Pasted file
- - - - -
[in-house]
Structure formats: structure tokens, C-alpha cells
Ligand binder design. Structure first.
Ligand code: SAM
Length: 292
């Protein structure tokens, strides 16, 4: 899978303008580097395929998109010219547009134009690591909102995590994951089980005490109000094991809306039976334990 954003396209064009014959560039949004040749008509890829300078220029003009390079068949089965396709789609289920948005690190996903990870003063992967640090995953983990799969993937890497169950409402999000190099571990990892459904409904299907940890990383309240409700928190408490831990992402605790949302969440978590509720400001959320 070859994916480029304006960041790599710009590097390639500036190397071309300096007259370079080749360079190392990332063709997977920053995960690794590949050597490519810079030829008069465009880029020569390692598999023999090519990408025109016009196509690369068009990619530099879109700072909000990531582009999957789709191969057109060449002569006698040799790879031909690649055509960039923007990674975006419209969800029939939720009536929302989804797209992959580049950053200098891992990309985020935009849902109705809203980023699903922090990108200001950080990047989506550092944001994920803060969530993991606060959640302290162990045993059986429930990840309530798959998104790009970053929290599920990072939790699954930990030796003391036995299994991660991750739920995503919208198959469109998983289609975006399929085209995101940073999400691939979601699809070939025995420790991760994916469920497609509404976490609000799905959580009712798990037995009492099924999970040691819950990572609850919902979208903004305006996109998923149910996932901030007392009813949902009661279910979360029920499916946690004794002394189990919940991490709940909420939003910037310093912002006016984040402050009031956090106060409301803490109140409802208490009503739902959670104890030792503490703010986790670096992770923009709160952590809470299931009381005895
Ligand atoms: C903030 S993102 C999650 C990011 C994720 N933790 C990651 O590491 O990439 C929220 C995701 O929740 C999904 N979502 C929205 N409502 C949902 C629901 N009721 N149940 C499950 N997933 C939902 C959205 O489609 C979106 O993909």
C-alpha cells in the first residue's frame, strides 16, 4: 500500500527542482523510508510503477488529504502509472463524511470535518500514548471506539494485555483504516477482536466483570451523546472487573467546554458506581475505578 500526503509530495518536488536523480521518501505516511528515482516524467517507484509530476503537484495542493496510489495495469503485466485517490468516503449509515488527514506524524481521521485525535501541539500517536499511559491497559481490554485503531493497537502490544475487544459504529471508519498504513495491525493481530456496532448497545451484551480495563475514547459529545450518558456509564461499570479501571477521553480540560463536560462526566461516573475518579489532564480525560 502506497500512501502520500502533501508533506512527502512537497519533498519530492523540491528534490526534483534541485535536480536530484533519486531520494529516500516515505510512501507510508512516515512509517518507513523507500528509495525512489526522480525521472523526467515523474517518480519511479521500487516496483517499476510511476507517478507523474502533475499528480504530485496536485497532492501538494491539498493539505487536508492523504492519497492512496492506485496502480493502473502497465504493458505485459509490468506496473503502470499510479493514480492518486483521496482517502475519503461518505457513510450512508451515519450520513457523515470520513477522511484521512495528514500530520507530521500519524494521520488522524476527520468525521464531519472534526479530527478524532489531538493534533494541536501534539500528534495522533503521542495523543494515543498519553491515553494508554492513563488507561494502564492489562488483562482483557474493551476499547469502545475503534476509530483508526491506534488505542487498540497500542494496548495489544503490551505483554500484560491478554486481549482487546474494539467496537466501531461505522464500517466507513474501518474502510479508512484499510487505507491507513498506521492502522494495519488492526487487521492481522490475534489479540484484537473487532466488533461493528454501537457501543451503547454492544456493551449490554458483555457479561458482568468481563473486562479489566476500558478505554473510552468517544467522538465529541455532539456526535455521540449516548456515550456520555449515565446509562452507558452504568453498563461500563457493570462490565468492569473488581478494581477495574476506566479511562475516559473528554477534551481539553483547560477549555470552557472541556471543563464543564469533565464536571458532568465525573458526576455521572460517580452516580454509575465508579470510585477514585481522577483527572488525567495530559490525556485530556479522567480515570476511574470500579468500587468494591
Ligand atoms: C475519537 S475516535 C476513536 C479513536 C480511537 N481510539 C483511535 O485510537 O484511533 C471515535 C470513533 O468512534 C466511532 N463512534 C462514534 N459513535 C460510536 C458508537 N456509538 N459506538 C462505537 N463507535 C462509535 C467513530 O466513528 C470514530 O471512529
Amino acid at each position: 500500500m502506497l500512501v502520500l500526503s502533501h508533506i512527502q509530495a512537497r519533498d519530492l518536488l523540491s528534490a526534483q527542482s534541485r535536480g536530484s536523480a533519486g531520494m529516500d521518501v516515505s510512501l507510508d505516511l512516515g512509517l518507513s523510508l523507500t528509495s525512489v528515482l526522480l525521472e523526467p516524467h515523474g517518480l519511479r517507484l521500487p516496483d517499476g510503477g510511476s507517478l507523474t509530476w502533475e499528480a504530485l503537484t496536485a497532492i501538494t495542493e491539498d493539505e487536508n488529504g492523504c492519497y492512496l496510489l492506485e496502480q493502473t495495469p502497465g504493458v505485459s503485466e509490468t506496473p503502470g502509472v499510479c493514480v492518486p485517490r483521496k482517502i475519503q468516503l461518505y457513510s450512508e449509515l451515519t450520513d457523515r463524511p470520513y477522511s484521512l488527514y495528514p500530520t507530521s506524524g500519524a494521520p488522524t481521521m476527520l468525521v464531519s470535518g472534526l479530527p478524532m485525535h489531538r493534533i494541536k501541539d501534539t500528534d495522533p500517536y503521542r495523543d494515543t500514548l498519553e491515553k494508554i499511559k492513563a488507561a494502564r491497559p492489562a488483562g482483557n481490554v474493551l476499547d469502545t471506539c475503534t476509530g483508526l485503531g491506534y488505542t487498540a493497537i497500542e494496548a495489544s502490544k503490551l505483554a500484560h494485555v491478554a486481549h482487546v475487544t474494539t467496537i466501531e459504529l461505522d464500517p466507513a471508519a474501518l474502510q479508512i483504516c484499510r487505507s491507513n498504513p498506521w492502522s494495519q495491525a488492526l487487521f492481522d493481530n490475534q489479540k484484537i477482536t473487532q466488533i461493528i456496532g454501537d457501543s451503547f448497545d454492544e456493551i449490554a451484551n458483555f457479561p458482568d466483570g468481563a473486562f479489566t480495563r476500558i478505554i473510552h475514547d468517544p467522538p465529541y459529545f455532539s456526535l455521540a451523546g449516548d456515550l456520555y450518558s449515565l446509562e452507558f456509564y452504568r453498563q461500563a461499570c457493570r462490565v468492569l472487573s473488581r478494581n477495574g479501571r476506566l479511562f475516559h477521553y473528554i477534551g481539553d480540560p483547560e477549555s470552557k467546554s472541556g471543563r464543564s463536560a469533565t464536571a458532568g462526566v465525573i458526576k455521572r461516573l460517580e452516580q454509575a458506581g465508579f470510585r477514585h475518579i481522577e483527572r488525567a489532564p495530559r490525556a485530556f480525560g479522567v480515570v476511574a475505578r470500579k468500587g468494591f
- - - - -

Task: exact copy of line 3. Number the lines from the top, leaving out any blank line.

Ligand binder design. Structure first.